While my son’s schooling took place at home through an online program, the program was offered through our public school district. He still had an IEP and we still worked closely with the school to support his needs.
Pathological Demand Avoidance (PDA), was first defined in the mid-1980’s as a kind of autism. The National Autistic Society describes it as an anxiety-based need for control, and that kids with PDA can be highly imaginative in how they avoid demands, including using social knowledge in their avoidance tactics.
However, PDA was not yet recognized by the DSM-5 in the U.S. as a developmental disorder.This meant the people we worked with in the school district either did not know about it or knew very little.
But most were happy to learn, especially when I framed it as a means of learning about and possible applying new strategies and tools to help with my son’s learning, even if we did not formally or officially adopt the PDA “diagnosis” in his paperwork.
I compiled a list for them of resources that I found helpful, ranging from basic overviews to in-depth professional articles.
The list below is not in any way a comprehensive or complete list, and everyday more valuable resources are being made available online:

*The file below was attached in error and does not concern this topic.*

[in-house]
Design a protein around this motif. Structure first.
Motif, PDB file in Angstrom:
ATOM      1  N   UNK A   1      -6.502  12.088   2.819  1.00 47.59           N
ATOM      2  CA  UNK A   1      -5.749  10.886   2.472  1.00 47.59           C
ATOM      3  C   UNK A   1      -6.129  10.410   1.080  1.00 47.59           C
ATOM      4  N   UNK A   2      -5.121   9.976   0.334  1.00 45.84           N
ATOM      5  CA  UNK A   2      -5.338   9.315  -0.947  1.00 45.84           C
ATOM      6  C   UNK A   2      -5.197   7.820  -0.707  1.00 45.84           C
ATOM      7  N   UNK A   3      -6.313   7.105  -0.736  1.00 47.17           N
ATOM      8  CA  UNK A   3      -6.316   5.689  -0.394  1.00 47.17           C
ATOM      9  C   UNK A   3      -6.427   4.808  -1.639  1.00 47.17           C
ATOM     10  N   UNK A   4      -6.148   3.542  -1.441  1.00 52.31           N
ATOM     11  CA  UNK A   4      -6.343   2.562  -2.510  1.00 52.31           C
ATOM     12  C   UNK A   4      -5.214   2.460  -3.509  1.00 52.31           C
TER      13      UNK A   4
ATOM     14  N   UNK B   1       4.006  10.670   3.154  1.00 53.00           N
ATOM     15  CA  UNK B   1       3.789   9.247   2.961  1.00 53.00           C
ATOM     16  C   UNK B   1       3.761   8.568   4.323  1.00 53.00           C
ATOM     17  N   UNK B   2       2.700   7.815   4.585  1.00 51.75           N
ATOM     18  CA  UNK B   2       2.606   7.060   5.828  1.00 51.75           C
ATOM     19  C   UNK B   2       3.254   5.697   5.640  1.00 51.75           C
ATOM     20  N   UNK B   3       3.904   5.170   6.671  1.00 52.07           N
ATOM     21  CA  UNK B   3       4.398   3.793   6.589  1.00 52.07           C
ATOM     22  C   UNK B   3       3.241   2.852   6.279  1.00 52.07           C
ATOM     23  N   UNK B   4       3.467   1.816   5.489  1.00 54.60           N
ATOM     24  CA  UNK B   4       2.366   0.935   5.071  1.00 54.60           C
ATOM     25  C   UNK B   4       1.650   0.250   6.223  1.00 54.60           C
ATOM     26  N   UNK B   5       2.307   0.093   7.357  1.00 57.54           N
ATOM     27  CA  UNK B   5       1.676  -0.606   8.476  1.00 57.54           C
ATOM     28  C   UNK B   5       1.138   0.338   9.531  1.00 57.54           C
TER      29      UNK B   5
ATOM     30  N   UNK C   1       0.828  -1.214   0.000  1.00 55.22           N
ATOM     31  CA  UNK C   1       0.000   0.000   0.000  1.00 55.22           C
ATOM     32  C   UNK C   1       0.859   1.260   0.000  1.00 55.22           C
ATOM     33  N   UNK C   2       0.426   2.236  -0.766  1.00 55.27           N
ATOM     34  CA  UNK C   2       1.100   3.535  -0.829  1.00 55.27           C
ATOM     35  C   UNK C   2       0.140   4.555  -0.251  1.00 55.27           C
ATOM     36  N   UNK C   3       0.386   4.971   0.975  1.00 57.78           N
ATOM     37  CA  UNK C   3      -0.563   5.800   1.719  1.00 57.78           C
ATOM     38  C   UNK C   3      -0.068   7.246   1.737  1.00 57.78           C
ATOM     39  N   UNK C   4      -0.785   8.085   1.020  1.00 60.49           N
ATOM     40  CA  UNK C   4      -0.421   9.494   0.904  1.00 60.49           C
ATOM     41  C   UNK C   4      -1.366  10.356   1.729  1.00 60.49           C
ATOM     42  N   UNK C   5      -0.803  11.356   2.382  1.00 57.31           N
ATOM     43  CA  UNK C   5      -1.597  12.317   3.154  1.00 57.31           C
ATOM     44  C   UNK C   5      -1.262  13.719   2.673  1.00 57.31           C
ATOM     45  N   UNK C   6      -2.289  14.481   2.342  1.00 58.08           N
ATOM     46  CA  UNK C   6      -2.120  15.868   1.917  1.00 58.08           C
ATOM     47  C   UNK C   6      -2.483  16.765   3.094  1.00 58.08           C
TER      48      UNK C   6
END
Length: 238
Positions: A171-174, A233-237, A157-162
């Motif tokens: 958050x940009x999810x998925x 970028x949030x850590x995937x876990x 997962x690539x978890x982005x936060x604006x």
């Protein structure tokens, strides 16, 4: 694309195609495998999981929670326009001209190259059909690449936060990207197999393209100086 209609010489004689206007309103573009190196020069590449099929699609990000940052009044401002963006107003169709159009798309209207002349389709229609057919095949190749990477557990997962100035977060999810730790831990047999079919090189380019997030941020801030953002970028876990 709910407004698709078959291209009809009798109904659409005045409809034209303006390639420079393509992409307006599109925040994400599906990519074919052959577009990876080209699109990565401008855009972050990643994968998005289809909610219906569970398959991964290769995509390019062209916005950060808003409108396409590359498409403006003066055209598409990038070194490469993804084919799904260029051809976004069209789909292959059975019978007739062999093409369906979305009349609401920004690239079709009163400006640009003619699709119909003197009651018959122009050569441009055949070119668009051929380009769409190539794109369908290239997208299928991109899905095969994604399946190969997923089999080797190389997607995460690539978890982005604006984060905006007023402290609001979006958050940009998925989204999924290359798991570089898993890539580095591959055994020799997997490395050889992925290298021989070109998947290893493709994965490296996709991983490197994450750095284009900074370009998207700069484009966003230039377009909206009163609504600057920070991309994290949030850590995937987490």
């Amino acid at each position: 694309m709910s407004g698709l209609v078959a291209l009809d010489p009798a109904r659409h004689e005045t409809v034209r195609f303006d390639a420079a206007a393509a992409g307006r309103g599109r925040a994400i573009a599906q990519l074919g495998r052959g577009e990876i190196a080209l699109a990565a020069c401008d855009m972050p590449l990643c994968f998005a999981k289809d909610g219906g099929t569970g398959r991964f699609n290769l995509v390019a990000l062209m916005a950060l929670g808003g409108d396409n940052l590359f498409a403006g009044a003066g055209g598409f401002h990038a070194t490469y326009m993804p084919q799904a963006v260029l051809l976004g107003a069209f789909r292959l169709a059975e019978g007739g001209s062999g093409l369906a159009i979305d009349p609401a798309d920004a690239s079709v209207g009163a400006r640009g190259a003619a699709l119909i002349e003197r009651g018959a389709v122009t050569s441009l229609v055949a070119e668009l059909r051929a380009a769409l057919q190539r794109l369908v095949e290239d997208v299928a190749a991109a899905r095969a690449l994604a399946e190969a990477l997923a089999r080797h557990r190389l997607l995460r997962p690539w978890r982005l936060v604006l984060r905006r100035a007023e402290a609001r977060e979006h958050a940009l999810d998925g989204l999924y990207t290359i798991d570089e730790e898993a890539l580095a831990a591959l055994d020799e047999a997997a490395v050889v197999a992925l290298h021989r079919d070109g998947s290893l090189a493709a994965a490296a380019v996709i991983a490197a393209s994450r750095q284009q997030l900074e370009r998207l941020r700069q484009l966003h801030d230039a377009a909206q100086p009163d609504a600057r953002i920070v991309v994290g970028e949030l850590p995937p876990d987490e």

This is a basic overview from the National Autistic Society in the U.K. – What is pathological demand avoidance (PDA)?
These are suggested strategies for home from the PDA Society in the U.K. – Building a framework of strategies
These are strategies for school from the PDA Society (though they may be difficult to implement them all in our current system in the U.S.) – Educational and Handling Guidelines for Children with Pathological Demand Avoidance Syndrome
This is a helpful, easy-to-digest booklet – Simple Strategies for Supporting Children with Pathological Demand Avoidance at School
This is a book that I found helpful – there are some strategies in it that are easy to implement both at school and at home (the link connects to my review of the book) – Understanding Pathological Demand Avoidance Syndrome in Children – A Book Review
Another book that comes highly recommended but that I have not yet read is this one – Pathological Demand Avoidance Syndrome – My Daughter is Not Naughty
This is a list of articles compiled by the PDA Society which are more technical and might be helpful to professionals – peer reviewed journal articles
The PDA Resource website is a comprehensive site with an incredible amount of information (including the materials listed above).
These are also PDA blogs and blog articles with terrific information from parents and autistics (fyi: some of this information is hosted on Facebook):